Page:United States Statutes at Large Volume 110 Part 6.djvu/653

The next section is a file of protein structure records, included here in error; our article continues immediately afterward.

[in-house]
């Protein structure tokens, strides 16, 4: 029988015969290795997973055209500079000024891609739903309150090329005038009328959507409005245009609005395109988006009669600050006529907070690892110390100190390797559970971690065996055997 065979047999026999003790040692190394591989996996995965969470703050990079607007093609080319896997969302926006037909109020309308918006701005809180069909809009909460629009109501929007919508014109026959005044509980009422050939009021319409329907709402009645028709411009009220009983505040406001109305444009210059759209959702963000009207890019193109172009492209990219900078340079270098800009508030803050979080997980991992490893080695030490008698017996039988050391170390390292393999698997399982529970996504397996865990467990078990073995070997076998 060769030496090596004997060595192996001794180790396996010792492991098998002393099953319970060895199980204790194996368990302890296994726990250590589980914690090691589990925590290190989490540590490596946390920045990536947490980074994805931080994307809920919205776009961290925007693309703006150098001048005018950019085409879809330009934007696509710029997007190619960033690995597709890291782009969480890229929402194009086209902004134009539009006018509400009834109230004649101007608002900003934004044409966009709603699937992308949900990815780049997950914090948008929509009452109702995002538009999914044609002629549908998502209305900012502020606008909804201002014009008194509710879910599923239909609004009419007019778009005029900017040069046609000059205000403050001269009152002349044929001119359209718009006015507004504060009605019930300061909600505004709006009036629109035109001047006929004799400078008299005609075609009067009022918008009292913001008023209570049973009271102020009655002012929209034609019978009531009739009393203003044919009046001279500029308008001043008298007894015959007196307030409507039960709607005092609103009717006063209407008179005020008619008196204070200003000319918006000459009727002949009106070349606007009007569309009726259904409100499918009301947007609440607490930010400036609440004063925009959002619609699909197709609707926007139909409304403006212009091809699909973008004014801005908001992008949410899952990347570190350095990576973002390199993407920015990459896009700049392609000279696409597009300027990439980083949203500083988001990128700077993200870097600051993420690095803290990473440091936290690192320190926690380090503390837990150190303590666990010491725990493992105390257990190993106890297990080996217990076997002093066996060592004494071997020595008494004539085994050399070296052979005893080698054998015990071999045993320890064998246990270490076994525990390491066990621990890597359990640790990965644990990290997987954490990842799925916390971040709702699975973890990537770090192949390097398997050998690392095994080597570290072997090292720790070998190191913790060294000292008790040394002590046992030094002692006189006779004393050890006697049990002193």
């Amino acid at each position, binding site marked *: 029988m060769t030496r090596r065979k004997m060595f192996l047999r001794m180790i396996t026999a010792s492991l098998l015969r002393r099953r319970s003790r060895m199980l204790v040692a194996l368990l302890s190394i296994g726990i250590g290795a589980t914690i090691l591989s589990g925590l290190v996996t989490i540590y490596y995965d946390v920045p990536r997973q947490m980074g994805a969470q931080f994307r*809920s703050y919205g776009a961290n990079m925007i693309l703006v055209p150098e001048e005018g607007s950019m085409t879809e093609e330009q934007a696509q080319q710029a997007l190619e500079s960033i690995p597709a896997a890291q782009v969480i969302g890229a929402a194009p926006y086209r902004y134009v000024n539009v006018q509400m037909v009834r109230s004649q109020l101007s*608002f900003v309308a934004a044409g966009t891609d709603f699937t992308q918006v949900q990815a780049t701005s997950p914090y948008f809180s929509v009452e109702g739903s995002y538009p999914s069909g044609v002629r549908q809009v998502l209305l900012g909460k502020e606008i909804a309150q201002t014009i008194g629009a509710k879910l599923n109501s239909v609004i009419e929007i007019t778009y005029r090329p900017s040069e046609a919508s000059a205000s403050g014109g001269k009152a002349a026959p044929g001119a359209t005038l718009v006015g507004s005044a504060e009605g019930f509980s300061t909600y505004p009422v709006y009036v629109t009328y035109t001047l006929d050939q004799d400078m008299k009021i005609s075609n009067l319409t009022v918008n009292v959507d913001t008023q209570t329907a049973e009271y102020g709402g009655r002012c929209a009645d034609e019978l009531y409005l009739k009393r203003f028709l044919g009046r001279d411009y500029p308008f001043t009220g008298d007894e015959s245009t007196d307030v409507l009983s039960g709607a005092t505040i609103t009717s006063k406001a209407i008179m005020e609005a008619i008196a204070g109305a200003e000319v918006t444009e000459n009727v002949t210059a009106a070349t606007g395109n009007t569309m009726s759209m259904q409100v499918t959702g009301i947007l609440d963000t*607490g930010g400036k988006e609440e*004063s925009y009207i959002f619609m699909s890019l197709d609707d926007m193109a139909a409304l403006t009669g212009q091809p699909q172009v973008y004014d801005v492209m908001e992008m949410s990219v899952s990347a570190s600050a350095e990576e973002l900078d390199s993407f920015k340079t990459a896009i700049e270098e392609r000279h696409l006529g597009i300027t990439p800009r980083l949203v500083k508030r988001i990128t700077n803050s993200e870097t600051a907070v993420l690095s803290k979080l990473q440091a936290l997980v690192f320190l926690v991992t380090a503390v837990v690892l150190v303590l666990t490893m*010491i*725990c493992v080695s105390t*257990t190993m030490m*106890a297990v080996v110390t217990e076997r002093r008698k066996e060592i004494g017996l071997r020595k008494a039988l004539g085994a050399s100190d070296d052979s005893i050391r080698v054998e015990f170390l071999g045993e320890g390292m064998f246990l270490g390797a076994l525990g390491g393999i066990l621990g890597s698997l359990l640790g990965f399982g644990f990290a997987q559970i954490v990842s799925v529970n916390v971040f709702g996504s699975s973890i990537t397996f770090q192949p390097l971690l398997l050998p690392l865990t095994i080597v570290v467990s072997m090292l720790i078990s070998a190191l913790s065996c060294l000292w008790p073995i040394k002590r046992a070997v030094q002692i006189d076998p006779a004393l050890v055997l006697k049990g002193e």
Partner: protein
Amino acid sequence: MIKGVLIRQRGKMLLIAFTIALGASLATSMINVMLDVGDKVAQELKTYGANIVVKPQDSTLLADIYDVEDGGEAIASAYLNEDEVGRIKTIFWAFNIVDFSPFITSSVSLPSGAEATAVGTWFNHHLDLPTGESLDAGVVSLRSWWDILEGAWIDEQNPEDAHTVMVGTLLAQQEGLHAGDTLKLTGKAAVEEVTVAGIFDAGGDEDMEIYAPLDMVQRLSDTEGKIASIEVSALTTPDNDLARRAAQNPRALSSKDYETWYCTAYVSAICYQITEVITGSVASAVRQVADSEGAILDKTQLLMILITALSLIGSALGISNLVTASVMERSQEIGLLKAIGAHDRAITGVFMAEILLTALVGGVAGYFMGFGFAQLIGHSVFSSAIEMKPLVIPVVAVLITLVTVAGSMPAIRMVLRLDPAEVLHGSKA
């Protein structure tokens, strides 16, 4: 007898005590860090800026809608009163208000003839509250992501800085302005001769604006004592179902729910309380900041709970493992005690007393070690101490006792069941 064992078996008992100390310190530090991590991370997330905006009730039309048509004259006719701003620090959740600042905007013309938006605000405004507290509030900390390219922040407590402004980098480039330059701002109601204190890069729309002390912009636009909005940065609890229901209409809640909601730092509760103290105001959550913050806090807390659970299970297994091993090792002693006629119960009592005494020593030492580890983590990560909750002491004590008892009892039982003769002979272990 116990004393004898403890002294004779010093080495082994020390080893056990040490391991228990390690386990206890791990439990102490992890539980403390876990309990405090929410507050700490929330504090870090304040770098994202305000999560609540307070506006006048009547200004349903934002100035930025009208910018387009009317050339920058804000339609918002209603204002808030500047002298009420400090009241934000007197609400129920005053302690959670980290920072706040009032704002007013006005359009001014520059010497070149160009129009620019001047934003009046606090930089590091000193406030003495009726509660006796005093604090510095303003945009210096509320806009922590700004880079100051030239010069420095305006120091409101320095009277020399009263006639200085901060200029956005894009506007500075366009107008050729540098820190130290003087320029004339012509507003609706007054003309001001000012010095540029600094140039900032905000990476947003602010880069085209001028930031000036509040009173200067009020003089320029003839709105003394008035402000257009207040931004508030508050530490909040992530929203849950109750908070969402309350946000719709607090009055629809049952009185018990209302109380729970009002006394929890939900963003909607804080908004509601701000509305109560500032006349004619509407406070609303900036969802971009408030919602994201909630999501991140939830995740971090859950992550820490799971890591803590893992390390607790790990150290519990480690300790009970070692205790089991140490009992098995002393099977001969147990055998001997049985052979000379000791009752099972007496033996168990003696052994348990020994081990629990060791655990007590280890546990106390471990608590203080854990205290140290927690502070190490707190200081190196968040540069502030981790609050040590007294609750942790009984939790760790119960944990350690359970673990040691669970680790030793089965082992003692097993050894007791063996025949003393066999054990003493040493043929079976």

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CONCURRENT RESOLUTIONS-JUNE 13, 1996 110 STAT. 4475 (9) the fiscal year 1997 budget resolution will assume a net tax cut totaling $122,000,000,000 over six years, which exceeds the revenue impact of a repeal of the OBRA 93 transportation fuels tax, and will establish a reserve fund which may be used to provide other forms of tax relief, including relief from the OBRA 93 transportation fuels tax, on a deficit neutral basis. (b) SENSE OF THE SENATE.— It is the sense of the Senate that the revenue levels and procedures in this resolution provide that— (1) Congress and the President should immediately approve legislation to repeal the 4.3 cents per gallon transportation fuels tax contained in the Omnibus Budget Reconciliation Act of 1993 through the end of 1996; (2) Congress and the President should approve, through the fiscal year 1997 budget process, legislation to permanently repeal the 4.3 cents per gallon transportation fuels tax contained in the Omnibus Budget Reconciliation Act of 1993; and (3) the savings generated by the repeal of the 4.3 cents per gallon transportation fuels tax contained in OBRA 93 should be fully passed on to consumers. SEC. 426. SENSE OF THE SENATE REGARDING THE USE OF BUDGETARY SAVINGS. (a) FINDINGS. —The Senate finds that— (1) in August of 1994, the Bipartisan Commission on Entitlement and Tax Reform issued an Interim Report to the President, which found that, "To ensure that today's debt and spending commitments do not unfairly burden America's children, the Government must act now. A bipartisan coalition of Congress, led by the President, must resolve the long-term imbalance between the Government's entitlement promises and the funds it will have available to pay for them"; (2) unless Congress and the President act together in a bipartisan way, overall Federal spending is projected by the Commission to rise from the current level of slightly over 22 percent of the Gross Domestic Product of the United States (hereafter in this section referred as "GDP") to over 37 percent of GDP by the year 2030; (3) the source of that growth is not domestic discretionary spending, which is approximately the same portion of GDP now as it was in 1969, the last time at which the Federal budget was in balance; (4) mandatory spending was only 29.6 percent of the Federal budget in 1963, but is estimated to account for 72 percent of the Federal budget in the year 2003; (5) Social Security, Medicare and medicaid, together with interest on the national debt, are the largest sources of the growth of mandatory spending; (6) ensuring the long-term future of the Social Security system is essential to protecting the retirement security of the American people; (7) the Social Security Trust Fund is projected to begin spending more than it takes in by approximately the year 2013, with Federal budget deficits rising rapidly thereafter unless appropriate policy changes are made;